Our choice to support a State of Palestine alongside Israel, as voiced by the President on many occasions, should be the beginning of establishing a genuine democratic, constitutional state, with modern tools of governance, transparency, free speech, free enterprise, and free men and women protected by law. This, more than any other decision, will help steer that region away from the scourge of terrorism and fanatical religious extremism. The United States itself has lacked credibility in its failure to be an honest broker in the past; Tenet, Mitchell, Zini, and now the Roadmap are proposals and agreements that were crying out for implementation. None of them is perfect, however, it is now our challenge to implement what we proposed, adopted and celebrated: the plan of the day is the Roadmap, which both the Palestinians and the Israelis have accepted.

We, like all enablers, have let violations of this agreement go unpublicized, unchecked and unpunished. We have condemned terrorism with every breath we exhale and asked the Palestinian Authority to “do more” to eradicate it. All successive Prime Ministers of Israel have been unable to root out terrorism, including Sharon who placed no limits on his army as they dealt out collective punishment to the whole Palestinian society. No Palestinian Authority can accomplish this task outside a political framework. Viewing and dealing with this conflict exclusively as a security problem without resolving the political issues simultaneously has been a miserable policy failure. It is, in fact, a recipe for extending the period of suffering and mayhem.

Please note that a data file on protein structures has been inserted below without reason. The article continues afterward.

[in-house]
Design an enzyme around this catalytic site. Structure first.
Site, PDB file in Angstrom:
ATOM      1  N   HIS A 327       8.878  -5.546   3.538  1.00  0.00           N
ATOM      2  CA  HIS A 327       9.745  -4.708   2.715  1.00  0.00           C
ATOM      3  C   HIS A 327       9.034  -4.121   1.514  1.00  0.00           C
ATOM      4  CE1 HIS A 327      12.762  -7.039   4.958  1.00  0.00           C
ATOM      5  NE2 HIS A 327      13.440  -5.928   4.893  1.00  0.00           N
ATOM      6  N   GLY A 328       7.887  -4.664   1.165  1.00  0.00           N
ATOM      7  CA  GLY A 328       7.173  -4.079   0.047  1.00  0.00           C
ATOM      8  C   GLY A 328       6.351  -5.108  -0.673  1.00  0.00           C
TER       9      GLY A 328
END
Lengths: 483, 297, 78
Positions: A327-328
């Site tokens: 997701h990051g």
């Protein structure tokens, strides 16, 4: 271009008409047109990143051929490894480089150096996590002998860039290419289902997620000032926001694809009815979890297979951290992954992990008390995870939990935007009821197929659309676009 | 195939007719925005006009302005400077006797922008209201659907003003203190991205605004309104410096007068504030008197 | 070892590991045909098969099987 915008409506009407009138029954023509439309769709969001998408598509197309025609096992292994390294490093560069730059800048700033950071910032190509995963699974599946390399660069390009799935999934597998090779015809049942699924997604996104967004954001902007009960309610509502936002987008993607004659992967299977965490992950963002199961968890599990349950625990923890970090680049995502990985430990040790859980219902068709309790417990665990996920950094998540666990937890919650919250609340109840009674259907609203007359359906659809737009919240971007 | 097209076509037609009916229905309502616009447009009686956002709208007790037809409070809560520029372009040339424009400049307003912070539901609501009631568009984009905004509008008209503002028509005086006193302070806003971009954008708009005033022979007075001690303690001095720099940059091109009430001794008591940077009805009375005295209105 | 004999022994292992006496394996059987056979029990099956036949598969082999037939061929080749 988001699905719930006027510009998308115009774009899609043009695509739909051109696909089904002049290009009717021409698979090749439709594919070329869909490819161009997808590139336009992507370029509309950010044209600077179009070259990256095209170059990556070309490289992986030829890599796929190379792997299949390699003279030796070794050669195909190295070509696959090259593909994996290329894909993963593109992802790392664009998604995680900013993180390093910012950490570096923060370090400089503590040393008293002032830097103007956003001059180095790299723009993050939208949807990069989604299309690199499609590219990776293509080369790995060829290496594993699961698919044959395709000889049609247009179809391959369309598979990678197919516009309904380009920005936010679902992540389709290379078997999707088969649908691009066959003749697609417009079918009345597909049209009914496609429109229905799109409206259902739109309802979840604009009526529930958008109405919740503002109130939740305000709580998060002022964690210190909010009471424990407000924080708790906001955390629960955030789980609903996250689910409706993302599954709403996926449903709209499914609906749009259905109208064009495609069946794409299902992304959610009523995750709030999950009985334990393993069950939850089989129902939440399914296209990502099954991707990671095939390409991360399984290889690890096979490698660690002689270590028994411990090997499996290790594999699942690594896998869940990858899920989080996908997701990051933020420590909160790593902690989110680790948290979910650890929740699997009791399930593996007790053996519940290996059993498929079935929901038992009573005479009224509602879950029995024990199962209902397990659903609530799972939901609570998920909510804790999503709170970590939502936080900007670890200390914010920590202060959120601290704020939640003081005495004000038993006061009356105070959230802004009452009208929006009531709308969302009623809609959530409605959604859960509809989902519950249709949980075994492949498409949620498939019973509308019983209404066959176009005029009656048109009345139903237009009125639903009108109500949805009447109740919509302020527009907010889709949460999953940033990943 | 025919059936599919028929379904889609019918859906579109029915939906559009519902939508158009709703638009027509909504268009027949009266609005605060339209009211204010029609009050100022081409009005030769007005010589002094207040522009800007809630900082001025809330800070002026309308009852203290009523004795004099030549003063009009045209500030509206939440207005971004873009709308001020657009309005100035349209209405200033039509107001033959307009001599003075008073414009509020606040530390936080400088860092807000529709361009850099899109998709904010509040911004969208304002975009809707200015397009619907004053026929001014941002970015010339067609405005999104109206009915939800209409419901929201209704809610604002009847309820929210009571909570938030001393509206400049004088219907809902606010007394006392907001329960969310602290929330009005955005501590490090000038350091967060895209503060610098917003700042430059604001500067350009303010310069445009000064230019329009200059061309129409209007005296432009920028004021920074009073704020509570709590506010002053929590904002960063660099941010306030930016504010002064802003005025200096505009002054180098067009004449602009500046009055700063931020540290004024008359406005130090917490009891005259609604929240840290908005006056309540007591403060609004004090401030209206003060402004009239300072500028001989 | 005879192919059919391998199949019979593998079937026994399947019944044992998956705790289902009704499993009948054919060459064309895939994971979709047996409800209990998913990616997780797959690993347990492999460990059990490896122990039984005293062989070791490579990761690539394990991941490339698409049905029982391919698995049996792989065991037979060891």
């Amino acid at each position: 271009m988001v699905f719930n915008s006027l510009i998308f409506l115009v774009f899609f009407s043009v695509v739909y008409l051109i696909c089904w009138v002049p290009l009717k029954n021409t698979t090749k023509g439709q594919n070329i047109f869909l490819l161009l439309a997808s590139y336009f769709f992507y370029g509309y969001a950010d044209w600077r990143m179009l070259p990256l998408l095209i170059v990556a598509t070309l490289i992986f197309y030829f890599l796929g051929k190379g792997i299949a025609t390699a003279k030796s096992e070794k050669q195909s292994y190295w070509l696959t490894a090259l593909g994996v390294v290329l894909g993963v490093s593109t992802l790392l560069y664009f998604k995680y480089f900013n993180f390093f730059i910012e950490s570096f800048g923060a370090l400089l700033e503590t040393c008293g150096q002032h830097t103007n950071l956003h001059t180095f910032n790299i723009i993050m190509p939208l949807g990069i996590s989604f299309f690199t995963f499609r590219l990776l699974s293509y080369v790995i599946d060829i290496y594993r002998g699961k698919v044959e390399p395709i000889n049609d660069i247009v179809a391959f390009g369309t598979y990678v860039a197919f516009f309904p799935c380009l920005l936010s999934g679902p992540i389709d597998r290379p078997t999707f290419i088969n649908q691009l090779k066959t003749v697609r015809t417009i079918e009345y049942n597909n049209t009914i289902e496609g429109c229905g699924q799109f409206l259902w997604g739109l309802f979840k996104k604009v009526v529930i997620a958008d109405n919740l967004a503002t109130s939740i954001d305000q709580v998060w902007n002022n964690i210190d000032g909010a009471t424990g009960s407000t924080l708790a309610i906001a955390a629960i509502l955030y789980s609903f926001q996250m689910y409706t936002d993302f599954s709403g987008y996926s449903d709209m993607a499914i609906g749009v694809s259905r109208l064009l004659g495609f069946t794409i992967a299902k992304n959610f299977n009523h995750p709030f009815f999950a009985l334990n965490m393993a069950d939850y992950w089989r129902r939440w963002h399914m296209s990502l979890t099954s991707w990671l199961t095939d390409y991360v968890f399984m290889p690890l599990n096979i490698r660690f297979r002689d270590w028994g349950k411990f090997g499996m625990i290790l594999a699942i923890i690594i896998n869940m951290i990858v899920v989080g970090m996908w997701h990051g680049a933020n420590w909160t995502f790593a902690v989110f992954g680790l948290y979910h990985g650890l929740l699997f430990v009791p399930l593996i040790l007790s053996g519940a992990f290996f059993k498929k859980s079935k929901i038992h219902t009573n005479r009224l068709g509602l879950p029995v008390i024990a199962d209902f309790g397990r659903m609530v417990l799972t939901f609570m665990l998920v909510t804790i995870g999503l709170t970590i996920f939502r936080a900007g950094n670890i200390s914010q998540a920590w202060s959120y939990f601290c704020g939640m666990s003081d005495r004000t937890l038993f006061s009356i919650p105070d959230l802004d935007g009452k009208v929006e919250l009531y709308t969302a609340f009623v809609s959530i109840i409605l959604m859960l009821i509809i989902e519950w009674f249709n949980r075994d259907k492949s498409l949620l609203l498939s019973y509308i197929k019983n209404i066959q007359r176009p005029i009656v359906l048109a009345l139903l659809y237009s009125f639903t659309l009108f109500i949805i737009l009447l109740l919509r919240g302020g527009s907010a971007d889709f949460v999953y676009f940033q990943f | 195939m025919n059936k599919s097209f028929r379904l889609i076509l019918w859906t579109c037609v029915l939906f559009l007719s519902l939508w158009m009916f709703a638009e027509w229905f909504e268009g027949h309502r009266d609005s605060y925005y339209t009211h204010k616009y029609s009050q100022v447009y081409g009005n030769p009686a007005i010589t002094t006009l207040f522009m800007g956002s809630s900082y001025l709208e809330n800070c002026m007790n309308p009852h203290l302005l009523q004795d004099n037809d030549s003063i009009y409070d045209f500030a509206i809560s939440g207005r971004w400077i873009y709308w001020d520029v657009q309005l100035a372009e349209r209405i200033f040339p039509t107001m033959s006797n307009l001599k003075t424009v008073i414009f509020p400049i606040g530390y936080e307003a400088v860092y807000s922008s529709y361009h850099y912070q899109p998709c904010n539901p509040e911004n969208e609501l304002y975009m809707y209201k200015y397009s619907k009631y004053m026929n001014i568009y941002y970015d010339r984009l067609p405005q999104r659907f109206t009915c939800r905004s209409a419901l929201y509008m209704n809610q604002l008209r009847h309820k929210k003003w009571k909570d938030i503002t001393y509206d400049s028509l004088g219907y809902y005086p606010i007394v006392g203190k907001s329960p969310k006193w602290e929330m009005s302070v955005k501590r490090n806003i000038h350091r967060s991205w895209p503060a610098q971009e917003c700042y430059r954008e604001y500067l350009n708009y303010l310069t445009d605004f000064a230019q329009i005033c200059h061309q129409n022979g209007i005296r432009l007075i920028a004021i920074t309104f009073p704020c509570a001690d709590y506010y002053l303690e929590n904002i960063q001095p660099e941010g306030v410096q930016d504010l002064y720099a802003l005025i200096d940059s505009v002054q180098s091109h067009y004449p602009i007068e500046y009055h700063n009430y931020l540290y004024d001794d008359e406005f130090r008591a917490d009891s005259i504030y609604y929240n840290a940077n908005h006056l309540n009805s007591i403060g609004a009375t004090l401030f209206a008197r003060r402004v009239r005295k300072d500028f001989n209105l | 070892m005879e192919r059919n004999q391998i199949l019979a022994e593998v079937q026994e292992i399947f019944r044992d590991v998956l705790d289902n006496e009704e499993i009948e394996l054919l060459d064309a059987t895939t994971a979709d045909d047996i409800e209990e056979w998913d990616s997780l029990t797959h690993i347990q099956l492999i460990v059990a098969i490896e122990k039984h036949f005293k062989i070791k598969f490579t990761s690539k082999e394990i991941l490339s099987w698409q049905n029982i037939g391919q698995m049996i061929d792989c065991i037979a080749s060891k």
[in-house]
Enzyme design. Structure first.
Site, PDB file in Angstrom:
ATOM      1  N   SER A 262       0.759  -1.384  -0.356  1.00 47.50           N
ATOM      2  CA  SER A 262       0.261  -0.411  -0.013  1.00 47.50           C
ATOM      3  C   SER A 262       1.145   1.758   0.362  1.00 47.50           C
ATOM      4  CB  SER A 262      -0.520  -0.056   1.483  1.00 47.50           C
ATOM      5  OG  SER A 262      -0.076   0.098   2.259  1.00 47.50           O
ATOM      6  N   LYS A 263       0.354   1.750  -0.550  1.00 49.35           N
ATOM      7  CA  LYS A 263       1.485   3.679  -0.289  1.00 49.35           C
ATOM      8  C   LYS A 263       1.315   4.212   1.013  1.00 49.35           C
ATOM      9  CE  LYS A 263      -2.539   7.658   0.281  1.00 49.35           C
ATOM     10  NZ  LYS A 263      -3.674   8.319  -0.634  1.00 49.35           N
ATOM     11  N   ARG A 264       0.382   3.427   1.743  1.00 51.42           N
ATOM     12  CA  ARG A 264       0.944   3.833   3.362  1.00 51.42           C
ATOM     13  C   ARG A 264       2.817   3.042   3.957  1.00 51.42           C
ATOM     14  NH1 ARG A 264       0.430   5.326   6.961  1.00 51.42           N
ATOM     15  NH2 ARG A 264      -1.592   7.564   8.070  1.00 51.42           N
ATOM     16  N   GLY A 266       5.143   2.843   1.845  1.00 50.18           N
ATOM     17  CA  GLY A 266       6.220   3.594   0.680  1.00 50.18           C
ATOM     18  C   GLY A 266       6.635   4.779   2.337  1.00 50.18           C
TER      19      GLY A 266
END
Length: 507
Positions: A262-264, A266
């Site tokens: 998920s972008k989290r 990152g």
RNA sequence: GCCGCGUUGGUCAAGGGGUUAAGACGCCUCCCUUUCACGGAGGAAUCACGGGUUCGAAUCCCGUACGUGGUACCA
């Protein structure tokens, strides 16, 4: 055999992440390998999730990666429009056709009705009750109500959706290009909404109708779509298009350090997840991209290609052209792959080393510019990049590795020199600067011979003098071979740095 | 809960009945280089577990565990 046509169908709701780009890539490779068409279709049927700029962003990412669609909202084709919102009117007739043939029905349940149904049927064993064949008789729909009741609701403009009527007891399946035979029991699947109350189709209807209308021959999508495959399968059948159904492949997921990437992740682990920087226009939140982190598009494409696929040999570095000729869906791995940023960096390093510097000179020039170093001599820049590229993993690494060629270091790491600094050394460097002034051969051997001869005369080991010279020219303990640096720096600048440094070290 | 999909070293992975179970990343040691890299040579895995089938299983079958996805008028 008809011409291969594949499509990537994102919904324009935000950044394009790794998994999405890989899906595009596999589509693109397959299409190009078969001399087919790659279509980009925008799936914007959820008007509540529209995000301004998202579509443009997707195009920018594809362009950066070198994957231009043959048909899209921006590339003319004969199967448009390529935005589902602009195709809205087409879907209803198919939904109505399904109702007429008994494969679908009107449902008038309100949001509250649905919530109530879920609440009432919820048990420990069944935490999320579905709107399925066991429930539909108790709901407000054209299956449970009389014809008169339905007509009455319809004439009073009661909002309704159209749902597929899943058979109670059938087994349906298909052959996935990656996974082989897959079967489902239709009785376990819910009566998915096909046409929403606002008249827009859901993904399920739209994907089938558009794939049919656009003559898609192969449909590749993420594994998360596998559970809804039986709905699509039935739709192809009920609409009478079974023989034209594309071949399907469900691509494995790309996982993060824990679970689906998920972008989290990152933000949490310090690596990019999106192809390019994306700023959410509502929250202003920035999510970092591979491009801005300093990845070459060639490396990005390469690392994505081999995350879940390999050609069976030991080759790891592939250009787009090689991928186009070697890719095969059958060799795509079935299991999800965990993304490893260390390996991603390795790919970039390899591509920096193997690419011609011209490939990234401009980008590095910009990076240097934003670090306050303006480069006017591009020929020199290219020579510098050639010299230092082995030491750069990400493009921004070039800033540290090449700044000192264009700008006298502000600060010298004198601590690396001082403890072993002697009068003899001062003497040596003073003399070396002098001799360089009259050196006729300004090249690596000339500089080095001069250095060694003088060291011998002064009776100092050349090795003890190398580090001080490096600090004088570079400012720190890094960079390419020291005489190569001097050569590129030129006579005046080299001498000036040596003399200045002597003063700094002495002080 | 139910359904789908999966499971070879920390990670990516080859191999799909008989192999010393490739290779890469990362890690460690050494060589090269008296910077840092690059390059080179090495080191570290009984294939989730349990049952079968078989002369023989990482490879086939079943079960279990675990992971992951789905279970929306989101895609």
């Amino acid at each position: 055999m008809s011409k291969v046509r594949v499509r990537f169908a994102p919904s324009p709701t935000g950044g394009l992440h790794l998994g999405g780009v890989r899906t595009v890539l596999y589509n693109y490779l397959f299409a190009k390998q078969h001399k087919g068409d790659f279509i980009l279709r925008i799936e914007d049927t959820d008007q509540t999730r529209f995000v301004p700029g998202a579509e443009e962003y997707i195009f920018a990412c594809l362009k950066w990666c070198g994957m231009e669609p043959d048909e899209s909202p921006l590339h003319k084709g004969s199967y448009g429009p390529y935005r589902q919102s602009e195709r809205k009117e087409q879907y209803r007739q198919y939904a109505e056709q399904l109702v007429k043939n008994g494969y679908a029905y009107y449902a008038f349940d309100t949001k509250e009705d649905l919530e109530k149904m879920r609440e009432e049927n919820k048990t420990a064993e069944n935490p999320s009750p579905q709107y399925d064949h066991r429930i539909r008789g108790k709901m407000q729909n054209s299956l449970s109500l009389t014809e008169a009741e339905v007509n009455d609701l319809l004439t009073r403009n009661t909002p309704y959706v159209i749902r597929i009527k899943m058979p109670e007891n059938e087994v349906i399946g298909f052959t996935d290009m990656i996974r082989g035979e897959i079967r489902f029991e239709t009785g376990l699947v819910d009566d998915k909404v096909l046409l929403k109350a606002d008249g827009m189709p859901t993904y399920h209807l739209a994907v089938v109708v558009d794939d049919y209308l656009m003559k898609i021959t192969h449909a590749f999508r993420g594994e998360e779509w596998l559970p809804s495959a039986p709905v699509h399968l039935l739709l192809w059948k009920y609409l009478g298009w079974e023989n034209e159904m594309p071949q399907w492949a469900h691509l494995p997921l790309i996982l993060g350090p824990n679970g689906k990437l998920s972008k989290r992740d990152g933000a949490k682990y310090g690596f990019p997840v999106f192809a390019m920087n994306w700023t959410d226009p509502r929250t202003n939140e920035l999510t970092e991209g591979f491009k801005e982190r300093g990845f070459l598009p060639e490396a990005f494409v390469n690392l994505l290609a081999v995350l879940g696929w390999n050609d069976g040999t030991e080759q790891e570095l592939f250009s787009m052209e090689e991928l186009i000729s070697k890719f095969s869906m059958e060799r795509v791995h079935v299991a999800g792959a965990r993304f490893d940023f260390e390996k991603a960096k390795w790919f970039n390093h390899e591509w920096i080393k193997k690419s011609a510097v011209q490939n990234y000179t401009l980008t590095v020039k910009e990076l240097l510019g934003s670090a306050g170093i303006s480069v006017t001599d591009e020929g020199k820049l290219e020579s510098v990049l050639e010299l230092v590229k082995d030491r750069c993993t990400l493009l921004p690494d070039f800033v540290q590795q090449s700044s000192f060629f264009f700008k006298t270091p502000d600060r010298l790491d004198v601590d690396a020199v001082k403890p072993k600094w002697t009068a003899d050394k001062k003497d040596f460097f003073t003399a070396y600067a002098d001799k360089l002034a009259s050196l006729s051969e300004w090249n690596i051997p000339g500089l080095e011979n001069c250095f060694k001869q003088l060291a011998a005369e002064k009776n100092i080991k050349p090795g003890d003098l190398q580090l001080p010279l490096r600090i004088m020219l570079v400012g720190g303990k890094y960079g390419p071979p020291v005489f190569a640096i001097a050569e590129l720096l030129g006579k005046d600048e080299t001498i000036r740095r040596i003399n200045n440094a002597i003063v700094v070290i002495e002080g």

What is to be done?

It is time that we think more of our children’s future than our father’s past. Should we decide to measure up to the task of resolving this conflict in our time we have the following steps to ponder:

1. We need to agree clearly on objectives such as the proposed historic compromise of a two-state solution based UN resolution 242. Confidence building measures that are supposed to lead us to an “End Game” are doomed because the parties involved have consistently failed to demonstrate any measure of good will that justifies confidence.